Science Fair Project Encyclopedia
U.S. Presidential usage
Presidents of the United States have issued executive orders since 1789. There is no United States Constitution provision or statute that explicitly permits this, aside from the vague grant of "executive power" given in Article II, Section 1 of the Constitution and the statement "take Care that the Laws be faithfully executed" in Article II, Section 3.
Most executive orders are directed to various federal agencies or departments of the executive branch to help orchestrate those agencies in their duties.
Other types of executive orders are:
- proclamations, which serve the ceremonial purpose of declaring holidays and celebrations,
- national security directives, and
- presidential decision directives, both of which deal with national security and defense matters.
History in the United States
Until the early 1900s, executive orders went mostly unannounced and undocumented, seen only by the agencies to which they were directed. Others have simply been lost due to natural decay and poor record keeping. However, the State Department instituted a numbering system for executive orders in the early 1900s, starting retroactively with President Abraham Lincoln's Emancipation Proclamation in 1862. Today, only those executive orders dealing with issues of national security are kept from the public.
Until the 1950s, there were no rules or guidelines outlining what the president could or could not do through an executive order. However, the Supreme Court ruled that an executive order from President Harry S. Truman that placed all steel mills in the country under federal control was invalid because it attempted to make law, rather than clarify or act to further a law put forth by the Congress or the Constitution. Presidents since this decision have generally been careful to cite which specific laws they are acting under when issuing new executive orders.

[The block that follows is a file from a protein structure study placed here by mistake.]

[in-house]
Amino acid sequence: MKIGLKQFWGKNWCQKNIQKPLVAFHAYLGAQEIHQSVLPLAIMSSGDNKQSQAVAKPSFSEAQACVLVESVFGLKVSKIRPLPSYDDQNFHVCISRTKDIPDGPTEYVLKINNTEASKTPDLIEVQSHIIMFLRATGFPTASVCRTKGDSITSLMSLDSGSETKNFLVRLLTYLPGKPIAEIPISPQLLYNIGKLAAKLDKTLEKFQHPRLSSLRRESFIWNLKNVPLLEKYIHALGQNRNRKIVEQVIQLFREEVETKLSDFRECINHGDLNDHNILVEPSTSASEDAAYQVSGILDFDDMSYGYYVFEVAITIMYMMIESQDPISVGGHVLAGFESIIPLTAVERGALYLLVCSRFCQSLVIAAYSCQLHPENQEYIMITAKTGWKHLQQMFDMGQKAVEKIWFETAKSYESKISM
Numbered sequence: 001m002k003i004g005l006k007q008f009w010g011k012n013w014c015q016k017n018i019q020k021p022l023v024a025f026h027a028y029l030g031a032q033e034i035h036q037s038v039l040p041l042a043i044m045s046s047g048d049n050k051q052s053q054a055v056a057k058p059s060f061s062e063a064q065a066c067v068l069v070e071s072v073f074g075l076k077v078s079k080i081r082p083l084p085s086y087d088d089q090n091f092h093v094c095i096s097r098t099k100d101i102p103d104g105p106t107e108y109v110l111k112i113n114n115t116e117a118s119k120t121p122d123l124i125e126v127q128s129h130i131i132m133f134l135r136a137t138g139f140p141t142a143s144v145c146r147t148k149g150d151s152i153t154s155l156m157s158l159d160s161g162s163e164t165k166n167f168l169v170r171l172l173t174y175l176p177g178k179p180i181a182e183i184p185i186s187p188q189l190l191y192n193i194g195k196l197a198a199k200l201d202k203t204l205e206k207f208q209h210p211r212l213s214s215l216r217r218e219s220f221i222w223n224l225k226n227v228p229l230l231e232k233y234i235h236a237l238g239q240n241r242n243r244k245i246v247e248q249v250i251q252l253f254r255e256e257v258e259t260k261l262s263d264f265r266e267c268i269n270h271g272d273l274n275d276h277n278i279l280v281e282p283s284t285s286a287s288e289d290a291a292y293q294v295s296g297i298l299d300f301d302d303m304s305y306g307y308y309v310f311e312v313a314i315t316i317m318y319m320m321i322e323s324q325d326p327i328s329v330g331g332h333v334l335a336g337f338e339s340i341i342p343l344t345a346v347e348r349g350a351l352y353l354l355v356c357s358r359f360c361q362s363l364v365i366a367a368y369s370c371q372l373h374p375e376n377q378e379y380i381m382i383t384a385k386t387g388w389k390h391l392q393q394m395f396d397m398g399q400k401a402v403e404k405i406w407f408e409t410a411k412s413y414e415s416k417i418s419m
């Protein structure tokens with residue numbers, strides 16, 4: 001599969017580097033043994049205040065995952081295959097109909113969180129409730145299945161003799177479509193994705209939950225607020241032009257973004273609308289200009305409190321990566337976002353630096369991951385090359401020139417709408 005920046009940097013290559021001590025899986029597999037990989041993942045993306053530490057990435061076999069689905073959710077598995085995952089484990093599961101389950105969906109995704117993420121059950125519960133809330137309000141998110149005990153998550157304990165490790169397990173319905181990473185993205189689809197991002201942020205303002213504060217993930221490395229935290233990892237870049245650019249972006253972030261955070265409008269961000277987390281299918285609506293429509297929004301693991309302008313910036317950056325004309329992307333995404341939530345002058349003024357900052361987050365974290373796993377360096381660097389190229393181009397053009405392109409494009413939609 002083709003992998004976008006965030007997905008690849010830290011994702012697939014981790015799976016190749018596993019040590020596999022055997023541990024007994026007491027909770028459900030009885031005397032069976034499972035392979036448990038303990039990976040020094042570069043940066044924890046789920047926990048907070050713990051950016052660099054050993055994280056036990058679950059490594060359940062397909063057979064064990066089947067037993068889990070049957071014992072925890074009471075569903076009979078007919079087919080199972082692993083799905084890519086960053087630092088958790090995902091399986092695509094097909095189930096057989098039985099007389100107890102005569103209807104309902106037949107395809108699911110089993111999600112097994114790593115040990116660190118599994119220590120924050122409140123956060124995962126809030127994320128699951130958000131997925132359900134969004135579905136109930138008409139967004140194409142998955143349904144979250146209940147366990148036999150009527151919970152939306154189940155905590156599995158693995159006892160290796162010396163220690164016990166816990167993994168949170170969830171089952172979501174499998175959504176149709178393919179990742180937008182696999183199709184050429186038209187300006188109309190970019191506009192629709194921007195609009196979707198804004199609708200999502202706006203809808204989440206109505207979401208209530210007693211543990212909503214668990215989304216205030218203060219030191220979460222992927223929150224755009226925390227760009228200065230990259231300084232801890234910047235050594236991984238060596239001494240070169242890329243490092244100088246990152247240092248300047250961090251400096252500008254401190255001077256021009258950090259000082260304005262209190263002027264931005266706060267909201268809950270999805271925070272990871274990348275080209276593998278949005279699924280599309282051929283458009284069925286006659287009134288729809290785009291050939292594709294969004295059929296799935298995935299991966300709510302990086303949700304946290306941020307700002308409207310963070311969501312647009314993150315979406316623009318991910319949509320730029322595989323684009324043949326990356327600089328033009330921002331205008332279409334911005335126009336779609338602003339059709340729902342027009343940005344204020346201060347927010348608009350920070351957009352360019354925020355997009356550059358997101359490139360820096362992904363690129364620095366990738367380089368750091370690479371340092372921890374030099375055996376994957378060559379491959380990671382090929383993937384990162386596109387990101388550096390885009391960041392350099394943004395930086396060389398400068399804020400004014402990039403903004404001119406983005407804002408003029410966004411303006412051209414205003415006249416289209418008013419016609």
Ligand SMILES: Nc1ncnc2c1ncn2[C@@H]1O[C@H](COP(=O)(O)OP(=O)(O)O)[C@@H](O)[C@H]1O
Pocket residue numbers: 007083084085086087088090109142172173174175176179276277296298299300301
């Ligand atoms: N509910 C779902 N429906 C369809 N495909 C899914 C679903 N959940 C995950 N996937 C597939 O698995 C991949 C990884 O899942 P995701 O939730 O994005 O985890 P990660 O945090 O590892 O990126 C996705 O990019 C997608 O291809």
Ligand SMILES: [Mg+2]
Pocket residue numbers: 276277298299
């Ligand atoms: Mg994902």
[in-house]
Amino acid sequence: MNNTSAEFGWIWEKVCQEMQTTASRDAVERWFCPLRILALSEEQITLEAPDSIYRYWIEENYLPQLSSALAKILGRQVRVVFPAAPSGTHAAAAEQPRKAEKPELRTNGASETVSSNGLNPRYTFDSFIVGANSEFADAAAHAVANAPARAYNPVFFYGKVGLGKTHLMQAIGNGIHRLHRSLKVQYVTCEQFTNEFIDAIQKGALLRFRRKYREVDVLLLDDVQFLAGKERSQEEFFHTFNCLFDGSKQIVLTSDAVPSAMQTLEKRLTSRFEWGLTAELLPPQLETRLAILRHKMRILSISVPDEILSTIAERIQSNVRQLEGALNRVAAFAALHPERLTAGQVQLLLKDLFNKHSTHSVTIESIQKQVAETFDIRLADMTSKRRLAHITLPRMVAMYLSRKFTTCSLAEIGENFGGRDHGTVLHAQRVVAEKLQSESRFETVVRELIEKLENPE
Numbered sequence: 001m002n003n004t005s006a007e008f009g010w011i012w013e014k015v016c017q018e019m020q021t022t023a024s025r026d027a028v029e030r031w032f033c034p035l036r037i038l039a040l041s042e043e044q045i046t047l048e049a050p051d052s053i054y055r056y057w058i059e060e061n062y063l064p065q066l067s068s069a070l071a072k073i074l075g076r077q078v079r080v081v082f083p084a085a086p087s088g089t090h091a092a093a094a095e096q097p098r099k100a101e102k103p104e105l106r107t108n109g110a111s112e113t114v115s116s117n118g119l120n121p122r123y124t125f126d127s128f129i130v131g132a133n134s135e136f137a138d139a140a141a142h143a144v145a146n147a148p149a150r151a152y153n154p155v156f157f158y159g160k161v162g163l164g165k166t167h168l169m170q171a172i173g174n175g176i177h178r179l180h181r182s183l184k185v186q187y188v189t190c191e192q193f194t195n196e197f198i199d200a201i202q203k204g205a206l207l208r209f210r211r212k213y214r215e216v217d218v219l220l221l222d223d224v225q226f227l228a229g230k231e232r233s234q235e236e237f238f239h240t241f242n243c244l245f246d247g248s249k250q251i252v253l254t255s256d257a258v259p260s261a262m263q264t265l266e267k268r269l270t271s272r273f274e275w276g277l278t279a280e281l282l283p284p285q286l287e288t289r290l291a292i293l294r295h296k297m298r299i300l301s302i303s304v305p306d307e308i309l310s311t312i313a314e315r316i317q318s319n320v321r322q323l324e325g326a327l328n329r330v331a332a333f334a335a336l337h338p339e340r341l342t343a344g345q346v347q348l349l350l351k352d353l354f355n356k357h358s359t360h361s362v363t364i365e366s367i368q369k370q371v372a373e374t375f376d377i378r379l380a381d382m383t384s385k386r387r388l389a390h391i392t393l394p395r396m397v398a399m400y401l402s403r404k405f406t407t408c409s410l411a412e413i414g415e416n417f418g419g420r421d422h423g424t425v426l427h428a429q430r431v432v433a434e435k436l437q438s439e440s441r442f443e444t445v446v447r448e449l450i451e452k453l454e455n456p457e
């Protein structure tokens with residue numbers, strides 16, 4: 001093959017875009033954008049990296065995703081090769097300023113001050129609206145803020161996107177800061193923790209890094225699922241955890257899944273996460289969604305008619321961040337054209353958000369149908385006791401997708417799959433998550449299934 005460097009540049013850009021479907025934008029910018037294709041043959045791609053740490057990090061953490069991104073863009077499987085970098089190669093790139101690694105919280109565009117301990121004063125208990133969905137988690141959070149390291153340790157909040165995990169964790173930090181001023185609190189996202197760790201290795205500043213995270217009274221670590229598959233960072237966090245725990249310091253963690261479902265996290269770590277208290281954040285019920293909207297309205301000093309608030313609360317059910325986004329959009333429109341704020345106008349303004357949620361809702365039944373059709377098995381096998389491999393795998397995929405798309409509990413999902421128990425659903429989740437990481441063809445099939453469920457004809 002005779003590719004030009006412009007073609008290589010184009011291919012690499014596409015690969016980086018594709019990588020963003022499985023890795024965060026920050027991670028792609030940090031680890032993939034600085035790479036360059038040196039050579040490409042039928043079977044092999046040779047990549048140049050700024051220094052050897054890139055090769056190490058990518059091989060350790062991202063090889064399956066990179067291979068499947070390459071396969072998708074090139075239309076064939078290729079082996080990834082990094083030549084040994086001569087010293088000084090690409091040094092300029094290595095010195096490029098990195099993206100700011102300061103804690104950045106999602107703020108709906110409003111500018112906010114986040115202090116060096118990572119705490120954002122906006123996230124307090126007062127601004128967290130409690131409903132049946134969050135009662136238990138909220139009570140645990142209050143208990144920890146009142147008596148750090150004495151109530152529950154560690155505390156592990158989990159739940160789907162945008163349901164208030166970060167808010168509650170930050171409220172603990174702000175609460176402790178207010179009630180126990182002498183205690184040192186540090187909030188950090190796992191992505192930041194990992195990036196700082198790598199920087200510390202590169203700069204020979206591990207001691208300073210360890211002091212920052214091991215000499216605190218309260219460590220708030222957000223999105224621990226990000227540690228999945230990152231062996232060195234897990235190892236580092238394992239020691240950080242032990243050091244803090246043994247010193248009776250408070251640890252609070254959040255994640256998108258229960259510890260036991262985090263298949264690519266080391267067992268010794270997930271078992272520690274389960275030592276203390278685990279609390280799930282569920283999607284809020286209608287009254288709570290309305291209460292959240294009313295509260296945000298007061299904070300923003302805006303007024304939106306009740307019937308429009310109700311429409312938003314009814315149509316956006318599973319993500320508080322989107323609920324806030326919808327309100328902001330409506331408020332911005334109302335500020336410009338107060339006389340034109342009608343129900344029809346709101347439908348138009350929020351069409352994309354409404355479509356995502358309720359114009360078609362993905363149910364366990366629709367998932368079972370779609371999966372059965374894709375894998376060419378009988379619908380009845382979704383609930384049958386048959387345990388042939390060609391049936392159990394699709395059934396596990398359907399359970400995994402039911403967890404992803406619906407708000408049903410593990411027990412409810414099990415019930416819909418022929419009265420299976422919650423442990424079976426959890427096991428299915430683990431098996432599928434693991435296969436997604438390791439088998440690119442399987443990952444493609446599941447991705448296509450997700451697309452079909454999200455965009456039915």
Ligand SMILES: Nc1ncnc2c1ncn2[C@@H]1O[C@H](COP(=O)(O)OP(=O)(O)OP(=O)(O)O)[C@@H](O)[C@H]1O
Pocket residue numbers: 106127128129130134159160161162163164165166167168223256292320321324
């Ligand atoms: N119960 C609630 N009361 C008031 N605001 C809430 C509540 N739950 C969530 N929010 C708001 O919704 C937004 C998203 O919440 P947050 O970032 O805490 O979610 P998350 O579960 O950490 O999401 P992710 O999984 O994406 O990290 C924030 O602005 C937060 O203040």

Critics accuse presidents of abusing executive orders, of using them to make laws without Congressional approval and to move existing laws away from their original mandates. Large policy changes with wide-ranging effects have been passed into law through executive order, including the integration of the Armed Forces under Harry Truman and the desegregation of public schools under Dwight D. Eisenhower.
One extreme example of an executive order is Executive Order 9066, where President Roosevelt ordered that all people living in the United States of Japanese descent go to Japanese internment camps. Wars have been fought upon executive order, including Bill Clinton's 1999 Kosovo War. However, all such wars have had authorizing resolutions from Congress. The extent to which the president may exercise military power independently of Congress, and the scope of the War Powers Resolution, remain unresolved constitutional issues in the United States.
Critics fear that the president could make himself a de facto dictator by side-stepping the other branches of government and making autocratic laws. The presidents, however, cite executive order as often the only way to clarify laws passed through the Congress, laws which often require vague wording in order to please all political parties involved in their creation.
To date, the courts have only overturned two executive orders: the aforementioned Truman order, and a 1996 order issued by President Bill Clinton which attempted to prevent the U.S. government from contracting with organizations that had strikebreakers on the payroll. Likewise, the Congress may also overturn an executive order by passing legislation in conflict with it or refusing to approve funding to enforce it. Because the president retains the power to veto such a decision, however, the Congress usually needs a 2/3 majority to override a veto and truly end an executive order.
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